Unemployed to Reach 203.2 Million Worldwide by End-2014 - Report
Some 4 million new unemployed were registered worldwide in 2013 and 3 more million will join them in 2014, according to the annual report of the International Labor Organization.
In 2013, the unemployed were 6% of the world's population, according to the International Labor Organization (ILO) data. By end-2014, the unemployed are expected to reach 203.2 million people worldwide. The number of unemployed has increased by 30.6 million after the global economic crisis in 2008.
Over the next five years there will be an estimated 213 million new labor market entrants – 200 million in developing countries alone. This raises the issue of youth unemployment. Already, the youth unemployment rate exceeds 12% in developing countries – more than three times the unemployment rate for adults.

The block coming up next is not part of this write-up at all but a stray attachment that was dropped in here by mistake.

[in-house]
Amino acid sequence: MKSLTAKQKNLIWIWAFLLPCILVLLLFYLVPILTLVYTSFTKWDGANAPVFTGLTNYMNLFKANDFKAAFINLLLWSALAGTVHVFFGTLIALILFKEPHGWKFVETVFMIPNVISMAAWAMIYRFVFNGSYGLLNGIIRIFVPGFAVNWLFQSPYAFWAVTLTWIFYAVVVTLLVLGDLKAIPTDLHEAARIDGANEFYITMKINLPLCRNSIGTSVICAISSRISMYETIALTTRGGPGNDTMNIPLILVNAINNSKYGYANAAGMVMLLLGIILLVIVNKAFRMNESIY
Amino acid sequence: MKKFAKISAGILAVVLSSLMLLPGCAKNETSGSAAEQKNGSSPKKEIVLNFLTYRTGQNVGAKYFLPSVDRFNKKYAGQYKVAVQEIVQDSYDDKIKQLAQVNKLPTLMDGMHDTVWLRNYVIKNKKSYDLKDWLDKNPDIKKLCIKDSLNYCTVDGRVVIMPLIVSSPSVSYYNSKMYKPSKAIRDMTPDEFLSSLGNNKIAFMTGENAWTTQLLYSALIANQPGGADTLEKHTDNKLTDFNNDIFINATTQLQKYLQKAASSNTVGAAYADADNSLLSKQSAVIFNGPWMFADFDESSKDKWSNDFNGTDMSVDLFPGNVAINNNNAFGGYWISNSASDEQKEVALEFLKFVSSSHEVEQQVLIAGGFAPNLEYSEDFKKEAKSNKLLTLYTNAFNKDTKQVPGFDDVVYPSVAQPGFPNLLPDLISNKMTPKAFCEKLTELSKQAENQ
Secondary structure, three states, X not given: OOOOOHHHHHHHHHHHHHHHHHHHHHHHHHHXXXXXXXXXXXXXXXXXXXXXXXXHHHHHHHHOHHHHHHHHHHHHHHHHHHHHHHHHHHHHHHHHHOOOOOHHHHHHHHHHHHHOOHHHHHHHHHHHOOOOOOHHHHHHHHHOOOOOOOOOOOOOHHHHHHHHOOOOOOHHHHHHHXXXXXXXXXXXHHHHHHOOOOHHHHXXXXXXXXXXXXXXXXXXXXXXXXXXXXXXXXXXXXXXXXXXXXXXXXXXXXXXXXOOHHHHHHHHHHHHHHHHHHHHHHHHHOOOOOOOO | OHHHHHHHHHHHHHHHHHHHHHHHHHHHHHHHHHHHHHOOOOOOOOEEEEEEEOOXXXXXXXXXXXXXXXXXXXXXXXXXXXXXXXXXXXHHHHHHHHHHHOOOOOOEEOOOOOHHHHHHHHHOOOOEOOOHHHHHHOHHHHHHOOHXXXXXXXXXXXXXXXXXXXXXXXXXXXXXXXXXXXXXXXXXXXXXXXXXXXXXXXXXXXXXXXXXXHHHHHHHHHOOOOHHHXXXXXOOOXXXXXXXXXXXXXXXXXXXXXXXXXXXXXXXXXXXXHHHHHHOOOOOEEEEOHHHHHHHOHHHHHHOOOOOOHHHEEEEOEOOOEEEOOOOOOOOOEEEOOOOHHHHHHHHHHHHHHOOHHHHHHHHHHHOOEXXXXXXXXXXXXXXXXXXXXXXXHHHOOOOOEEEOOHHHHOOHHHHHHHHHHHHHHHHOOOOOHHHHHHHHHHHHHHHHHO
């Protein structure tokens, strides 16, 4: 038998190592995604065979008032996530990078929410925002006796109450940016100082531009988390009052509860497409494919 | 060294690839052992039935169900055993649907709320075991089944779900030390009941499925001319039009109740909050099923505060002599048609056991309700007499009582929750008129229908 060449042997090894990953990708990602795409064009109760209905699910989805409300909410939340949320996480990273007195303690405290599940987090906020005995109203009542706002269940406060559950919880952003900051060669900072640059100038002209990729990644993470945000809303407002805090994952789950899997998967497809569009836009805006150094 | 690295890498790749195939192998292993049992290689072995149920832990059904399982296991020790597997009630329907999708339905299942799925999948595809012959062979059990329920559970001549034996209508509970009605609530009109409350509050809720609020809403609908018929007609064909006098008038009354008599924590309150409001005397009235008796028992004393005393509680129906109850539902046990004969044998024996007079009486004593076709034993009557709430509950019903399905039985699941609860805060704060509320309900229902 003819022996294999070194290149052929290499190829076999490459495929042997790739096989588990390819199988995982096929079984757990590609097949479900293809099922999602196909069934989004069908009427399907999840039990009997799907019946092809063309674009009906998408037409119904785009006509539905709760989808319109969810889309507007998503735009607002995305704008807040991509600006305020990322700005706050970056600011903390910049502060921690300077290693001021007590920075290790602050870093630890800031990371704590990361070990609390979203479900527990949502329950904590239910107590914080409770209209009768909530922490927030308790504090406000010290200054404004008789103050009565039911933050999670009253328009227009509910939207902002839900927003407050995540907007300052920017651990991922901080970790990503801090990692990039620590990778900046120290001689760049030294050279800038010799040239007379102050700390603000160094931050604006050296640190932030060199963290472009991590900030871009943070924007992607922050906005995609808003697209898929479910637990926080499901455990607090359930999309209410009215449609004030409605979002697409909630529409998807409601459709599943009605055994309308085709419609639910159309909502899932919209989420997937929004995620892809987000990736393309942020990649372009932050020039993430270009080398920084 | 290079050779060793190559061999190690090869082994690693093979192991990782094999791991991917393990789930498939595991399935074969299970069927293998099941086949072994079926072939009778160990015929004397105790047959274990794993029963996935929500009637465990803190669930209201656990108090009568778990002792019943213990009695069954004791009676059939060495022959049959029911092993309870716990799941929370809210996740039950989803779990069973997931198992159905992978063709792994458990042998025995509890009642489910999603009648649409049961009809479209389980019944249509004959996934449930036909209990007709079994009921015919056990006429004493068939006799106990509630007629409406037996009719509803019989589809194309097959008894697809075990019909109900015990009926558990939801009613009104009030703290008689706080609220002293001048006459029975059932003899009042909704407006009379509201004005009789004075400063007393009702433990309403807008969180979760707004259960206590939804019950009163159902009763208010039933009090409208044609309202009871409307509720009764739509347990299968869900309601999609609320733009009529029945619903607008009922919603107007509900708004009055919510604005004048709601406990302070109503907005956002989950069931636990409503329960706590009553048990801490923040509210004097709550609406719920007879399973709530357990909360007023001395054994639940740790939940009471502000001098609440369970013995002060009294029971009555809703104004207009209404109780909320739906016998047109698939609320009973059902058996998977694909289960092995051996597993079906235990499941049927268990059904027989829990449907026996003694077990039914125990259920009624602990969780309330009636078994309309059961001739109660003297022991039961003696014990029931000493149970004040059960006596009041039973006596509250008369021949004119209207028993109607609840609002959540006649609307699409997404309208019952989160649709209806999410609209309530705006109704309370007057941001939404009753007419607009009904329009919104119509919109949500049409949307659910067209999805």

More than half of the developing world's workers or nearly 1.5 billion people are in vulnerable employment. These workers are less likely than wage earners to have formal working arrangements, be covered by social protection such as pensions and health care or have regular earnings.
The lack of quality jobs is a central determinant of emigration, especially among educated youth in developing countries. The gap in wages between receiving and sending countries tends to be as high as 10 to 1. In 2013, over 230 million people were living in a country other than the one in which they were born – a rise of some 57 million since 2000 – with South Asia accounting for roughly half of the increase.
The ILO report finds that developing countries which focused on creating high quality jobs during the early 2000s enjoyed significant economic growth after 2007.
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